• In the embodiments of the disclosure, the plurality of topographical features may be an array of microwells.
  • In the embodiments of the disclosure, a surface of a topographical feature may comprise a reactive functional group of the cross-linked polymeric composition, wherein the reactive functional group can be capable of binding to the biomolecule species desired to be immobilized on the surface of the topographical feature. In these embodiments, the reactive functional group may be selected from the group consisting of: a succinimidyl active ester, an aldehyde, a thiol, and a thiol-selective group.
  • In other embodiments of the system of the disclosure, a topographical feature may have a tether immobilized thereon, wherein the tether may be capable of selectively binding to the biomolecule species desired to be immobilized on the surface of the topographical feature.
  • In embodiments of the disclosure, the tether may be selected from the group consisting of: a peptide, a polypeptide, and a non-peptide linker. In some embodiments, the tether may be selected from the group consisting of: a heterofunctional PEG, Protein A, Protein G, an immunoglobulin, streptavidin, neutravidin, biotin, a linker capable of forming a complex with a metal ion, and a transglutaminase substrate. In other embodiments, the tether can be Protein A or Protein G, and the biomolecule species bound thereto is a polypeptide comprising an immunoglobulin Fc region and a region capable of interacting with a cell disposed in the topographical feature.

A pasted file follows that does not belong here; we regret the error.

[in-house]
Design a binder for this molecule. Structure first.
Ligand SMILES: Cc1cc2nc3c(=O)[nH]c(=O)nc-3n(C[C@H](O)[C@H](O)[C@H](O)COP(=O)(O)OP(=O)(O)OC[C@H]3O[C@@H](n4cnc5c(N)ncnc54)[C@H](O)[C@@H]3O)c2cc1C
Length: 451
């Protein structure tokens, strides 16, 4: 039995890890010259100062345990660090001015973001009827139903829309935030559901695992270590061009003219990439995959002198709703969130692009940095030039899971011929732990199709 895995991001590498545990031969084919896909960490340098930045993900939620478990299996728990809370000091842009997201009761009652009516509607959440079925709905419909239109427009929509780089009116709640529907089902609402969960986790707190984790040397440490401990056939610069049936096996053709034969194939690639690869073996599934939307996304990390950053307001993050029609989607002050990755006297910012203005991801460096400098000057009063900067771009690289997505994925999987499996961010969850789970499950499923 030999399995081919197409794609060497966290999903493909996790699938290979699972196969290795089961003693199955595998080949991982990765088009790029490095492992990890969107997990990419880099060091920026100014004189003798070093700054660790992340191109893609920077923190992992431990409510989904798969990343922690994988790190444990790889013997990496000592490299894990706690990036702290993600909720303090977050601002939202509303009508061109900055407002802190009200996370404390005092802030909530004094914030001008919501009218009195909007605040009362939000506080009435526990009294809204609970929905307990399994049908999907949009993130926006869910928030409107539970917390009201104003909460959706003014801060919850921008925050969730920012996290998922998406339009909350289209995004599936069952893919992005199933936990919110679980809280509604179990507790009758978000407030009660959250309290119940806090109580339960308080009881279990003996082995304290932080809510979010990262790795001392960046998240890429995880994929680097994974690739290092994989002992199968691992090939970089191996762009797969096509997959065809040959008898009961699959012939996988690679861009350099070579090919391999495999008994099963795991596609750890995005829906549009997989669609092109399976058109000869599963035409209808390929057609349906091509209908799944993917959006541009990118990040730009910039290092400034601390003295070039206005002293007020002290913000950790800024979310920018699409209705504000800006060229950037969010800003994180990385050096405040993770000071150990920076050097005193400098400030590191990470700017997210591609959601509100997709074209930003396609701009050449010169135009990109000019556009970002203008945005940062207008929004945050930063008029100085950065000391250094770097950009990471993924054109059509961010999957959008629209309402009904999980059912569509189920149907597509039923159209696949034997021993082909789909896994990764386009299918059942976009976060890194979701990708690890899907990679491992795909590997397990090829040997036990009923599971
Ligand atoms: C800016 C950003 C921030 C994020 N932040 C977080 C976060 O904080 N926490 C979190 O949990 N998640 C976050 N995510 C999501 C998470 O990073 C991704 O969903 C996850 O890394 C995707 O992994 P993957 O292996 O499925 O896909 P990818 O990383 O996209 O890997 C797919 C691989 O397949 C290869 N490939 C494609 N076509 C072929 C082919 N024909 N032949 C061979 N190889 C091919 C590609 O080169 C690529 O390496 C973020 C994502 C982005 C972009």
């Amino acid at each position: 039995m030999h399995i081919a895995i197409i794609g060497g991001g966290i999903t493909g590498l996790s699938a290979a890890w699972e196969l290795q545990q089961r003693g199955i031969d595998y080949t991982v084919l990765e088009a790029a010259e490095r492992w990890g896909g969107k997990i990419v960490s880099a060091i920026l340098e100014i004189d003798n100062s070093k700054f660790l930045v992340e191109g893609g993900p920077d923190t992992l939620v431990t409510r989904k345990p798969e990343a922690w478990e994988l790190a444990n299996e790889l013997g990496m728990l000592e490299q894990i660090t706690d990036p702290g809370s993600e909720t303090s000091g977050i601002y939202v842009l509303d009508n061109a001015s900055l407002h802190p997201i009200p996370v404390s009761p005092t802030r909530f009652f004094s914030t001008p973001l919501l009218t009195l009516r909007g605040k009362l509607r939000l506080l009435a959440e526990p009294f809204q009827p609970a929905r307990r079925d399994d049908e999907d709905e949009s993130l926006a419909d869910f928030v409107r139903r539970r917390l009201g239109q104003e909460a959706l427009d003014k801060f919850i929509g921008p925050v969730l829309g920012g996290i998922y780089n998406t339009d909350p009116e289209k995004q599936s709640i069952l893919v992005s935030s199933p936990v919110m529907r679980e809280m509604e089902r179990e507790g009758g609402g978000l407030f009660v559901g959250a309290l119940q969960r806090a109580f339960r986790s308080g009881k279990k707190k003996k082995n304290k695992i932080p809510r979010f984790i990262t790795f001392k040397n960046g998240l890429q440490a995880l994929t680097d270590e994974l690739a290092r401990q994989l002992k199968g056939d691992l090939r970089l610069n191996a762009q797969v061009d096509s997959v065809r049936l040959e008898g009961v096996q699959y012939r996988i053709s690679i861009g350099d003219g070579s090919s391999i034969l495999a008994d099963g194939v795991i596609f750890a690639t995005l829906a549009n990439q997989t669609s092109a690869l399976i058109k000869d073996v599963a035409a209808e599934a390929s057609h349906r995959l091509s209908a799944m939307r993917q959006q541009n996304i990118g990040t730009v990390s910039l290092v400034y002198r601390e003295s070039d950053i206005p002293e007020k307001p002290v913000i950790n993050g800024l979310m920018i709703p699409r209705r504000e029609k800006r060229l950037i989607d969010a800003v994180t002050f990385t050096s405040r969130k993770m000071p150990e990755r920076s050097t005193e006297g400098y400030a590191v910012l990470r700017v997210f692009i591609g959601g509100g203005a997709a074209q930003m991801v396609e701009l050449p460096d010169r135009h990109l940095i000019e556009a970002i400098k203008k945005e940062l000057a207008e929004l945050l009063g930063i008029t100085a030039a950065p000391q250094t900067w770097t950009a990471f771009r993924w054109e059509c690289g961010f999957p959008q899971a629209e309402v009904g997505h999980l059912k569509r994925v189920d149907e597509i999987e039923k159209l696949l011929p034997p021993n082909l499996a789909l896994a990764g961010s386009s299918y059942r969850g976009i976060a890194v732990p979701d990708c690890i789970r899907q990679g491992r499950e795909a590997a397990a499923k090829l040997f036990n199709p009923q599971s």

• In the various embodiments of the disclosure, the hydrogel film may also be disposed in a well of a multi-well tissue culture plate.
  • Another aspect of the disclosure are microcontact printing methods of preparing a hydrogel, comprising: (a) providing a template comprising a negative topographical feature or a plurality of negative topographical features, wherein each negative topographical feature defines a topographical feature desired to be formed in a hydrogel, and wherein the negative topographical feature or features has on the surface thereof a biomolecule species desired to be transferred to a hydrogel, a tether capable of selectively binding to a biomolecule species, or a combination thereof; (b) delivering to the template a hydrogel polymer precursor composition; (c) polymerizing the hydrogel cross-linked polymeric composition to form a hydrogel film; and (d) removing the hydrogel film from the template, thereby transferring the biomolecule species, the tether, or a combination thereof, to a surface of the topographical feature molded in the hydrogel film.